Hunslet 2-4-0 Linda being prepared for duty at Boston Lodge 1985

Girdlestone was unhappy at the direction FR locomotive policy was heading at the time, which was towards "heritage" replicas of old designs and he believed that there was no reason why the form could not be preserved whilst the internal detail and efficiency was improved out of all recognition. In 1984 he had been offered the position of Wardale's assistant with American Coal Enterprises but funding was never obtained for this project. Instead in 1985 he took up the position of Project Engineer with Hugh Phillips Engineering, which had a contract to rehabilitate several Sudan Railway Corporation locomotives for the famine relief operation, which was then getting under way. As part of this he designed a Lempor exhaust system for these locomotives (North British SRC 310 Class 2-8-2's). This was fitted to No.313, the first of the six being overhauled and after comparative trials with brake locomotives showed a reduction in fuel consumption of 12% authority was granted for the remaining five to be so fitted. Unfortunately, although preliminary work was done to improve other SRC engines (a double Lempor was designed for the 500 Class 4-8-2's as well as other improvements) nothing more came of this mainly because the aid agencies were unhappy at the misuse of aid in Sudan and withdrew much of their support.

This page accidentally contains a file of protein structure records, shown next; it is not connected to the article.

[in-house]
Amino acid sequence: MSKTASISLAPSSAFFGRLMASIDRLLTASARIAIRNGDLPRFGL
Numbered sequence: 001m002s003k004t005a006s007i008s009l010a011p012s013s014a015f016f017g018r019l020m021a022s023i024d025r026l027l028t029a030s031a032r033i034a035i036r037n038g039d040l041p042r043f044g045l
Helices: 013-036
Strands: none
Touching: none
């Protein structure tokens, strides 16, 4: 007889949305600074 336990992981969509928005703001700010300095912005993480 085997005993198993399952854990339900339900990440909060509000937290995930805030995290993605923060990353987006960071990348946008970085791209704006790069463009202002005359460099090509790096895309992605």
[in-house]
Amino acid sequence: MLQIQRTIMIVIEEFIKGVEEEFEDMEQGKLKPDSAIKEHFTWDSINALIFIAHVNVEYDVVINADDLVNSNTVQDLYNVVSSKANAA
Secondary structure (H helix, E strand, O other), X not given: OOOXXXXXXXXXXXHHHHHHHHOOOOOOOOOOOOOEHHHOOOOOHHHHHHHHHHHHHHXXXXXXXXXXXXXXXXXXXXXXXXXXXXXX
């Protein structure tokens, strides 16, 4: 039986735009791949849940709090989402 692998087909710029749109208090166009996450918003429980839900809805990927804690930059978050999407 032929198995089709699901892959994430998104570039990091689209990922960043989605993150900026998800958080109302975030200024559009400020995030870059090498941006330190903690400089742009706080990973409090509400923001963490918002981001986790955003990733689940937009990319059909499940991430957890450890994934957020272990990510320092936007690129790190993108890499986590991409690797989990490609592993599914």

SRC 310 Class 2-8-2 fitted with Lempor exhaust system